Varied Visions of Embattled War Memorial (The Washington Post)

By Marc Fisher, The Washington Post

In the battle royal over where to put the World War II Memorial, I was trying to decide which side I was on: Pierre L’Enfant and Frederick Law Olmsted Jr.’s, or Tom Hanks and Bob Dole’s. Tough choice. L’Enfant’s idea for this city is an enduring burst of brilliance, and Olmsted’s parks lend so many places a sense of grandeur and grace. But Hanks was funny in “Toy Story,” and Dole has the driest wit of any pol around.

On second thought, maybe this isn’t such a hard choice. One side wants to preserve the Mall as an almost perfect symbol of our nation’s ideals, a place for respite, recreation and remonstration. The other side wants to change forever this dramatic vista because World War II was the Big One and it deserves a most prominent place in our national memory.

But before we get to the merits of the proposed memorial, which would be the biggest change in the Mall’s central corridor since the Lincoln Memorial opened in 1922, take a short walk with me up the gentle incline on the west side of the Washington Monument.

I’d never focused on this spot until I visited it with architectural historian Judy Feldman and Kent Cooper, architect of the Korean War Veterans Memorial. Walk up toward the Washington, turn around and suddenly the vista stops you hard: Jefferson to your left, Lincoln straight on, the White House to your right.

Any feeling you have for your country swells up within you. Look ahead at the Great Emancipator and see the sweep of the Reflecting Pool, the long rows of elm trees. Memories, historical totems, come rushing back–perhaps Martin Luther King’s March on Washington or the rallies against the Vietnam War or the outpourings on either side of the abortion debate or the “million marches”–men or moms.

And then you must imagine that this magnificent view and the opportunity for future generations to take their place in this march of democracy are marred, replaced just west of 17th Street by a stone plaza with 47-foot-high arches and a ring of 56 stone pillars, each 17 feet high. Not only would the view be changed forevermore, but pedestrians strolling from the Washington to the Lincoln would enter the submerged World War II Memorial plaza and find no exit to the west. To complete the stirring walk from Washington to Lincoln, one would have to back out of the memorial’s “sacred precinct” and walk around the complex.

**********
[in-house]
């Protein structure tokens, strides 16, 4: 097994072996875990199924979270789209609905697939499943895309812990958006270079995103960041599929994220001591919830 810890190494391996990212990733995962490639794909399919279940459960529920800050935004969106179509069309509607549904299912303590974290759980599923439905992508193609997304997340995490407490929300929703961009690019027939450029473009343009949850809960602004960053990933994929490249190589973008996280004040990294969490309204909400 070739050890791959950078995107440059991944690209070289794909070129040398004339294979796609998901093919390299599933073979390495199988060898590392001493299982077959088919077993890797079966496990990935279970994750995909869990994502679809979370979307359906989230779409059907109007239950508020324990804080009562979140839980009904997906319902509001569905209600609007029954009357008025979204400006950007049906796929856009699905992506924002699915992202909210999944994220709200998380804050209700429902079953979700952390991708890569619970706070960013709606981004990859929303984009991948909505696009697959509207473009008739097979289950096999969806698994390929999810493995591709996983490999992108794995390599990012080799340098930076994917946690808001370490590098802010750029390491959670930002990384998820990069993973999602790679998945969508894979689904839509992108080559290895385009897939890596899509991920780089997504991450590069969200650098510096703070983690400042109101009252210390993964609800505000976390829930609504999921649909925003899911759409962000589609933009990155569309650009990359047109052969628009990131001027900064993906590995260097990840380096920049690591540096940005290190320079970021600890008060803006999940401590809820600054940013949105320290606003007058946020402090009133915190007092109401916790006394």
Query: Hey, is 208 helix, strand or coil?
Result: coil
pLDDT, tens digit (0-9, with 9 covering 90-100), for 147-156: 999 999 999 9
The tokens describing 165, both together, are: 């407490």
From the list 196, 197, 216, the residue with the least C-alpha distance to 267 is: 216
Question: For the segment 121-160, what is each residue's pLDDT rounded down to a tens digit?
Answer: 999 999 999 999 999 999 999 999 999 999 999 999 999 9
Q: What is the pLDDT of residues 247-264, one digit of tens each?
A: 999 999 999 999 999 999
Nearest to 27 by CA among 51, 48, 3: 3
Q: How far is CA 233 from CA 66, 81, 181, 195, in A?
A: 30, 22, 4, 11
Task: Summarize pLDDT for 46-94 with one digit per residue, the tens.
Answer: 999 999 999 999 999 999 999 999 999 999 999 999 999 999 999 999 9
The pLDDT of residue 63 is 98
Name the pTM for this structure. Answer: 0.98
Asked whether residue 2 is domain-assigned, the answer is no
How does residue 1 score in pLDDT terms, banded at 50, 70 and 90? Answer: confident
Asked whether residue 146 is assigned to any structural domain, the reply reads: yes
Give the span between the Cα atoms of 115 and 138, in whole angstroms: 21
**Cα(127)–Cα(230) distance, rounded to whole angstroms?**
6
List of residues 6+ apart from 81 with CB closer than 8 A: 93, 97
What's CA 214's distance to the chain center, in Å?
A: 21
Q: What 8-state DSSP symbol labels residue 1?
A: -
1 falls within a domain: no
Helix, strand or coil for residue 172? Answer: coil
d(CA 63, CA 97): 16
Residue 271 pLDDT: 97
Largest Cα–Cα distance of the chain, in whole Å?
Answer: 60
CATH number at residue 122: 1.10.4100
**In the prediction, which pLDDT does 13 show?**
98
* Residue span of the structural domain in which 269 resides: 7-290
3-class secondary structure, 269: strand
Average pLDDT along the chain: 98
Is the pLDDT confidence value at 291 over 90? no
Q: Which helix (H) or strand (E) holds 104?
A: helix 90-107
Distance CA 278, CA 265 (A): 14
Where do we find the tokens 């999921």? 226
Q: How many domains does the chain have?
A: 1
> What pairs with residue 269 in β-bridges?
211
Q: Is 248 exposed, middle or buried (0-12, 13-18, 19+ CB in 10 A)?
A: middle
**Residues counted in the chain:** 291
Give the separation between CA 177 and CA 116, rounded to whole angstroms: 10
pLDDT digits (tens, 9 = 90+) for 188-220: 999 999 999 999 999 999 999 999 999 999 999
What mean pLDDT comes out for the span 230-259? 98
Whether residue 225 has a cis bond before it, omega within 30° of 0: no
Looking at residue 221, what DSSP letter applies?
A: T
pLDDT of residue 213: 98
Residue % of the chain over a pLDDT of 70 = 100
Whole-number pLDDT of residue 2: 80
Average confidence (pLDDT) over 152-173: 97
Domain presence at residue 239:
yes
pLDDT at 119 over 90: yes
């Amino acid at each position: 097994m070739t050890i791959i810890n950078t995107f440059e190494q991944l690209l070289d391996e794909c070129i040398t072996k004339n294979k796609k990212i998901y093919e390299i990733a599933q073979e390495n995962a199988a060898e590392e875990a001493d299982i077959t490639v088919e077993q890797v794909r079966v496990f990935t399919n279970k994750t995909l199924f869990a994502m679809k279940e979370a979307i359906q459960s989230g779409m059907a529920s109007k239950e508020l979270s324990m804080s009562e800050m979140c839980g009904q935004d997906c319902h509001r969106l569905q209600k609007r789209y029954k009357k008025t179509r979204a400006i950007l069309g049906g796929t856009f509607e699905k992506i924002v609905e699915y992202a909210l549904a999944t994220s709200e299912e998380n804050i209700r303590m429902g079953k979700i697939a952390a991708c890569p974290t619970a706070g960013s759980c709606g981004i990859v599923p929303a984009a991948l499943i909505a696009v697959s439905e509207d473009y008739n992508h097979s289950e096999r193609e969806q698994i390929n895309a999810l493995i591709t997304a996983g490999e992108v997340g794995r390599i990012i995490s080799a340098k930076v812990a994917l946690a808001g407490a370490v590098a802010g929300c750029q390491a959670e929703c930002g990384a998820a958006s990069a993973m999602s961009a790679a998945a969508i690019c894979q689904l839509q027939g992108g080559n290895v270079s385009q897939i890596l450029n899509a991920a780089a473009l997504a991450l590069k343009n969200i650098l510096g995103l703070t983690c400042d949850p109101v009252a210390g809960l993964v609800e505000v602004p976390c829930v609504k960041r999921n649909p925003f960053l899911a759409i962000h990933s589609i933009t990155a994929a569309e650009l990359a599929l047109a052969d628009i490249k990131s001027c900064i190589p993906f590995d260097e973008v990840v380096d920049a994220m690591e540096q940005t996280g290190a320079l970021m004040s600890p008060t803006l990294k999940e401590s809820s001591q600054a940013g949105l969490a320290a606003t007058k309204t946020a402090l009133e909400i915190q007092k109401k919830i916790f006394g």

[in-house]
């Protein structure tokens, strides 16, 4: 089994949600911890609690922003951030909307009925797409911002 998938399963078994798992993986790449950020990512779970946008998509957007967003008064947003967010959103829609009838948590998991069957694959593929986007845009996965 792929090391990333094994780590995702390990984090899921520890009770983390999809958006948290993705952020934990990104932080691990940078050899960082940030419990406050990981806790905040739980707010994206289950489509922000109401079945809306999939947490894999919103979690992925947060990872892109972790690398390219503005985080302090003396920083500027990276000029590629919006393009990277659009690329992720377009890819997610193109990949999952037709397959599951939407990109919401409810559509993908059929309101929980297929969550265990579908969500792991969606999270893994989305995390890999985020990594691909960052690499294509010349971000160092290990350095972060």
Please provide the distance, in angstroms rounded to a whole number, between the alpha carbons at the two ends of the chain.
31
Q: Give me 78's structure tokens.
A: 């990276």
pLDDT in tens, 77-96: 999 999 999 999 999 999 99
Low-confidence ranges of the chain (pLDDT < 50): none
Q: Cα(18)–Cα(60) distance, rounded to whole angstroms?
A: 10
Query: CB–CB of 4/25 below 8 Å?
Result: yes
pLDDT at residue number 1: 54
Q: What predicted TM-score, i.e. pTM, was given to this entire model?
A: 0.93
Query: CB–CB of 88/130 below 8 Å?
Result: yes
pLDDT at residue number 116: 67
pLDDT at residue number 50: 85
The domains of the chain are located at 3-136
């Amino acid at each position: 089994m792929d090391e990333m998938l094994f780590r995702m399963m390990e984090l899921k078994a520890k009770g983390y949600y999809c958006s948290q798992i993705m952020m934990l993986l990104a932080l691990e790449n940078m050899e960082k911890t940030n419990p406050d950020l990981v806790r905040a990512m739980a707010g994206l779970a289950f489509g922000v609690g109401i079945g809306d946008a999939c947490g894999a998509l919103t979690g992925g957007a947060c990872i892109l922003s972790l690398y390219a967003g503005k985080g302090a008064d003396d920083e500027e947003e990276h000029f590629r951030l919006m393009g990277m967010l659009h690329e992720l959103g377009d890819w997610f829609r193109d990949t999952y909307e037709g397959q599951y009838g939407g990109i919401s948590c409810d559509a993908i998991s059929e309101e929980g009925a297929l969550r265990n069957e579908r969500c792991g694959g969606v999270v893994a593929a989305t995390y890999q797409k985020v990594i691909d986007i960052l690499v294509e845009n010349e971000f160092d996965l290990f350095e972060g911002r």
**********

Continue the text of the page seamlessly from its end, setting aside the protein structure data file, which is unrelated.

This design, so cliched, so lacking in emotion, is a dull expanse of stone. “If a memorial has to be explained, it fails,” Feldman says. The memorials that really work–Lincoln, Jefferson, FDR, Vietnam–communicate instantly and deeply.

Let’s stop here and agree that WWII was indeed the Big One. It, far more than Vietnam or Korea, deserves a central place in our collective memory. The question is not if, but where and what. There is a place on the Mall that could do the war justice: Constitution Gardens, north of the Reflecting Pool. It’s a grand and prominent site yet wouldn’t muck up the Mall’s central corridor.

But proponents of the memorial say only the central axis of the Mall will do. And they portray this as a done deal–groundbreaking is scheduled for November, and our vanishing president, striving for military credentials even now, is said to be eager to head up the ceremony. But the project still needs final approval from three federal entities.

There are alternatives to architect Friedrich St. Florian’s grandiose concept for the World War II Memorial–a design the New York Times described as “an unhappy echo of Third Reich bombast.” (It is reminiscent as well of the Soviet war memorial at Treptow in eastern Berlin, a comical piece of Stalinist pomposity.) “Do we really want to use the same kind of architecture used by the people we fought in the war?” Feldman asks.

One idea came from a member of the National Capital Planning Commission, Margaret Vanderhye, of Fairfax, who suggested that if the war memorial must be in the center of the Mall, it might best be a simple plaque noting that if you want to know why Americans fought, you need only look around.